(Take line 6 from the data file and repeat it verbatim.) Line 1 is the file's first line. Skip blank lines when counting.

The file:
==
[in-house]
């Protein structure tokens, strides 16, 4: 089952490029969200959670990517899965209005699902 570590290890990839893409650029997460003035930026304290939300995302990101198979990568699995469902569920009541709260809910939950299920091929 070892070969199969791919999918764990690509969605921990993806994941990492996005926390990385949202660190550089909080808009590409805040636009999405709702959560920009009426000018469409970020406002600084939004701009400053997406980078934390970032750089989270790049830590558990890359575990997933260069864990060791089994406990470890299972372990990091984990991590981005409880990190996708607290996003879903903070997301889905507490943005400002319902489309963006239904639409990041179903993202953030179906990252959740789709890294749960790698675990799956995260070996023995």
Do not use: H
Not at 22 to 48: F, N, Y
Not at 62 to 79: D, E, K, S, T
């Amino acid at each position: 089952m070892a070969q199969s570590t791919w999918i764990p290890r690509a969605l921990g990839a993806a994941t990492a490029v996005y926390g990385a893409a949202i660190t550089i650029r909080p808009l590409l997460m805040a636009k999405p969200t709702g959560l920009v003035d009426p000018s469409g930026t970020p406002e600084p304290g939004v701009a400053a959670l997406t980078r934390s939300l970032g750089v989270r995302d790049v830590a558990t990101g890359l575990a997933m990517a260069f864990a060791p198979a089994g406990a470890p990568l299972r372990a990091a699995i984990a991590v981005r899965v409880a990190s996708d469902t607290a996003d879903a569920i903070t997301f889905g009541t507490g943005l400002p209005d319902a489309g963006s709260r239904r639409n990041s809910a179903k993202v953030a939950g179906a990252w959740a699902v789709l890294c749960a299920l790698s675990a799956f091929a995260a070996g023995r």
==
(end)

């Amino acid at each position: 089952m070892a070969q199969s570590t791919w999918i764990p290890r690509a969605l921990g990839a993806a994941t990492a490029v996005y926390g990385a893409a949202i660190t550089i650029r909080p808009l590409l997460m805040a636009k999405p969200t709702g959560l920009v003035d009426p000018s469409g930026t970020p406002e600084p304290g939004v701009a400053a959670l997406t980078r934390s939300l970032g750089v989270r995302d790049v830590a558990t990101g890359l575990a997933m990517a260069f864990a060791p198979a089994g406990a470890p990568l299972r372990a990091a699995i984990a991590v981005r899965v409880a990190s996708d469902t607290a996003d879903a569920i903070t997301f889905g009541t507490g943005l400002p209005d319902a489309g963006s709260r239904r639409n990041s809910a179903k993202v953030a939950g179906a990252w959740a699902v789709l890294c749960a299920l790698s675990a799956f091929a995260a070996g023995r």